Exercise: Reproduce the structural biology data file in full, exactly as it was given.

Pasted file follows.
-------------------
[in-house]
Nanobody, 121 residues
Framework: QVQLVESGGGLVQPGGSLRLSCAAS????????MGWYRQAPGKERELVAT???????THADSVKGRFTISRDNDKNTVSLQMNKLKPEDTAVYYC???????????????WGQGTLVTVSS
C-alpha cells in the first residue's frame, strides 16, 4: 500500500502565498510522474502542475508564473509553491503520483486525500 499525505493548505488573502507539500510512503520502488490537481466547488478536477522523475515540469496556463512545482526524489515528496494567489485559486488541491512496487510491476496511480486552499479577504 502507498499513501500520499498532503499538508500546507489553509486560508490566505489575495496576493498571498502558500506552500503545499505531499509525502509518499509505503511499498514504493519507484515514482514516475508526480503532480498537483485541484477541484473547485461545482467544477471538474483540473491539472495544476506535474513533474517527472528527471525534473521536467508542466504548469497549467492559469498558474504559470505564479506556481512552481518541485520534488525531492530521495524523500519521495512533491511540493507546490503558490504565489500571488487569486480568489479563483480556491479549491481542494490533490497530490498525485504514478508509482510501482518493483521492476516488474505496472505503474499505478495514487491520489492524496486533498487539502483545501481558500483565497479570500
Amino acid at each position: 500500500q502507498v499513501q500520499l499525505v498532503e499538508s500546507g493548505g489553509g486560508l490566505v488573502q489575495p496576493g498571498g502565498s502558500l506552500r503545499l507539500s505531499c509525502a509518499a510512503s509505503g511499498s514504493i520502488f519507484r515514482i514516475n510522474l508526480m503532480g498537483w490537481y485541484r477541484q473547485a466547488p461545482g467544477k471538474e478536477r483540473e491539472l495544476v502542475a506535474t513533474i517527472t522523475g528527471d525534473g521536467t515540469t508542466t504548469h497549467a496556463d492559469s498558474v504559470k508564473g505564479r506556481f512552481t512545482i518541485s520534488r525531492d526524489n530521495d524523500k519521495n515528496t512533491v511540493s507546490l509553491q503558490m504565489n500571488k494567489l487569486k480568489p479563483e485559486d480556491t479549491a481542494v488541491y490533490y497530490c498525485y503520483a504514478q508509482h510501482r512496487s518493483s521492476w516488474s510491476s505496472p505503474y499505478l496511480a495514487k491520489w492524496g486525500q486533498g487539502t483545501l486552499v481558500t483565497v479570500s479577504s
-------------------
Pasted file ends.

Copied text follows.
[in-house]
Nanobody, 121 residues
Framework: QVQLVESGGGLVQPGGSLRLSCAAS????????MGWYRQAPGKERELVAT???????THADSVKGRFTISRDNDKNTVSLQMNKLKPEDTAVYYC???????????????WGQGTLVTVSS
C-alpha cells in the first residue's frame, strides 16, 4: 500500500502565498510522474502542475508564473509553491503520483486525500 499525505493548505488573502507539500510512503520502488490537481466547488478536477522523475515540469496556463512545482526524489515528496494567489485559486488541491512496487510491476496511480486552499479577504 502507498499513501500520499498532503499538508500546507489553509486560508490566505489575495496576493498571498502558500506552500503545499505531499509525502509518499509505503511499498514504493519507484515514482514516475508526480503532480498537483485541484477541484473547485461545482467544477471538474483540473491539472495544476506535474513533474517527472528527471525534473521536467508542466504548469497549467492559469498558474504559470505564479506556481512552481518541485520534488525531492530521495524523500519521495512533491511540493507546490503558490504565489500571488487569486480568489479563483480556491479549491481542494490533490497530490498525485504514478508509482510501482518493483521492476516488474505496472505503474499505478495514487491520489492524496486533498487539502483545501481558500483565497479570500
Amino acid at each position: 500500500q502507498v499513501q500520499l499525505v498532503e499538508s500546507g493548505g489553509g486560508l490566505v488573502q489575495p496576493g498571498g502565498s502558500l506552500r503545499l507539500s505531499c509525502a509518499a510512503s509505503g511499498s514504493i520502488f519507484r515514482i514516475n510522474l508526480m503532480g498537483w490537481y485541484r477541484q473547485a466547488p461545482g467544477k471538474e478536477r483540473e491539472l495544476v502542475a506535474t513533474i517527472t522523475g528527471d525534473g521536467t515540469t508542466t504548469h497549467a496556463d492559469s498558474v504559470k508564473g505564479r506556481f512552481t512545482i518541485s520534488r525531492d526524489n530521495d524523500k519521495n515528496t512533491v511540493s507546490l509553491q503558490m504565489n500571488k494567489l487569486k480568489p479563483e485559486d480556491t479549491a481542494v488541491y490533490y497530490c498525485y503520483a504514478q508509482h510501482r512496487s518493483s521492476w516488474s510491476s505496472p505503474y499505478l496511480a495514487k491520489w492524496g486525500q486533498g487539502t483545501l486552499v481558500t483565497v479570500s479577504s